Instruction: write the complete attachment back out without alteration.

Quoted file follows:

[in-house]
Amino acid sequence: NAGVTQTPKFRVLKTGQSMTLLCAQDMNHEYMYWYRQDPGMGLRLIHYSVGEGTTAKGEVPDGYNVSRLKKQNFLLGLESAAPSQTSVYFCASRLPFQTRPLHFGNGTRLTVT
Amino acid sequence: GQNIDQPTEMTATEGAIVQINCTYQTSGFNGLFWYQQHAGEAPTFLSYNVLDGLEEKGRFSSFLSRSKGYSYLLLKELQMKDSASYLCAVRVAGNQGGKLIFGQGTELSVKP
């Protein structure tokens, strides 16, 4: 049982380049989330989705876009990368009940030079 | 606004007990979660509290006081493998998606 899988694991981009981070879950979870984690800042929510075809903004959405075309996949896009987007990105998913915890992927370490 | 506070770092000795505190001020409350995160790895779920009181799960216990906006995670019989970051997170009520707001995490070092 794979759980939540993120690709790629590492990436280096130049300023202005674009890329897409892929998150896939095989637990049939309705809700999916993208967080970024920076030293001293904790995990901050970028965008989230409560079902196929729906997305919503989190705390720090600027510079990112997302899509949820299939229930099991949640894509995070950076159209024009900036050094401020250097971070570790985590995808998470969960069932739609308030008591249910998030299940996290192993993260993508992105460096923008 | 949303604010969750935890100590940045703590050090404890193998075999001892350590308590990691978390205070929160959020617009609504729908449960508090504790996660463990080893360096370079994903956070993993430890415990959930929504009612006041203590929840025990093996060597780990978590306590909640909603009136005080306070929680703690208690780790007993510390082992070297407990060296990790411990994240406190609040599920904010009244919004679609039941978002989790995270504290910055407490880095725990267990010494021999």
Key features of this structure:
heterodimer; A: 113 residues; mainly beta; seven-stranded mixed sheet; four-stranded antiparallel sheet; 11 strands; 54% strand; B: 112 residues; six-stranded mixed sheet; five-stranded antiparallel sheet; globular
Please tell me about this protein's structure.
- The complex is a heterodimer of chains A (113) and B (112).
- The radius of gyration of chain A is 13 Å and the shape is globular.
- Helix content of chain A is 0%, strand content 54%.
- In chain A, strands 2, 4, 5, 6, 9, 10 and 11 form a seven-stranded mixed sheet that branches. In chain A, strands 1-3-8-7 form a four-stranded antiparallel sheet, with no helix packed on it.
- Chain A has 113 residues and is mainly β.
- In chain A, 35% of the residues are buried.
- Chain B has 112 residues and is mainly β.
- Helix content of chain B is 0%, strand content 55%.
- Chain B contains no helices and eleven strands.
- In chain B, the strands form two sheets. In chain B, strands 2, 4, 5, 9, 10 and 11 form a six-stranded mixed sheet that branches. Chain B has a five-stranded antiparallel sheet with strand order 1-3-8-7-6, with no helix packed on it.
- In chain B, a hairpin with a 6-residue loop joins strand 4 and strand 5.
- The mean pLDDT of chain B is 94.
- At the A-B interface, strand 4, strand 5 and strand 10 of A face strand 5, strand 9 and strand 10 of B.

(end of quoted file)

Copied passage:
[in-house]
Amino acid sequence: NAGVTQTPKFRVLKTGQSMTLLCAQDMNHEYMYWYRQDPGMGLRLIHYSVGEGTTAKGEVPDGYNVSRLKKQNFLLGLESAAPSQTSVYFCASRLPFQTRPLHFGNGTRLTVT
Amino acid sequence: GQNIDQPTEMTATEGAIVQINCTYQTSGFNGLFWYQQHAGEAPTFLSYNVLDGLEEKGRFSSFLSRSKGYSYLLLKELQMKDSASYLCAVRVAGNQGGKLIFGQGTELSVKP
């Protein structure tokens, strides 16, 4: 049982380049989330989705876009990368009940030079 | 606004007990979660509290006081493998998606 899988694991981009981070879950979870984690800042929510075809903004959405075309996949896009987007990105998913915890992927370490 | 506070770092000795505190001020409350995160790895779920009181799960216990906006995670019989970051997170009520707001995490070092 794979759980939540993120690709790629590492990436280096130049300023202005674009890329897409892929998150896939095989637990049939309705809700999916993208967080970024920076030293001293904790995990901050970028965008989230409560079902196929729906997305919503989190705390720090600027510079990112997302899509949820299939229930099991949640894509995070950076159209024009900036050094401020250097971070570790985590995808998470969960069932739609308030008591249910998030299940996290192993993260993508992105460096923008 | 949303604010969750935890100590940045703590050090404890193998075999001892350590308590990691978390205070929160959020617009609504729908449960508090504790996660463990080893360096370079994903956070993993430890415990959930929504009612006041203590929840025990093996060597780990978590306590909640909603009136005080306070929680703690208690780790007993510390082992070297407990060296990790411990994240406190609040599920904010009244919004679609039941978002989790995270504290910055407490880095725990267990010494021999």
Key features of this structure:
heterodimer; A: 113 residues; mainly beta; seven-stranded mixed sheet; four-stranded antiparallel sheet; 11 strands; 54% strand; B: 112 residues; six-stranded mixed sheet; five-stranded antiparallel sheet; globular
Please tell me about this protein's structure.
- The complex is a heterodimer of chains A (113) and B (112).
- The radius of gyration of chain A is 13 Å and the shape is globular.
- Helix content of chain A is 0%, strand content 54%.
- In chain A, strands 2, 4, 5, 6, 9, 10 and 11 form a seven-stranded mixed sheet that branches. In chain A, strands 1-3-8-7 form a four-stranded antiparallel sheet, with no helix packed on it.
- Chain A has 113 residues and is mainly β.
- In chain A, 35% of the residues are buried.
- Chain B has 112 residues and is mainly β.
- Helix content of chain B is 0%, strand content 55%.
- Chain B contains no helices and eleven strands.
- In chain B, the strands form two sheets. In chain B, strands 2, 4, 5, 9, 10 and 11 form a six-stranded mixed sheet that branches. Chain B has a five-stranded antiparallel sheet with strand order 1-3-8-7-6, with no helix packed on it.
- In chain B, a hairpin with a 6-residue loop joins strand 4 and strand 5.
- The mean pLDDT of chain B is 94.
- At the A-B interface, strand 4, strand 5 and strand 10 of A face strand 5, strand 9 and strand 10 of B.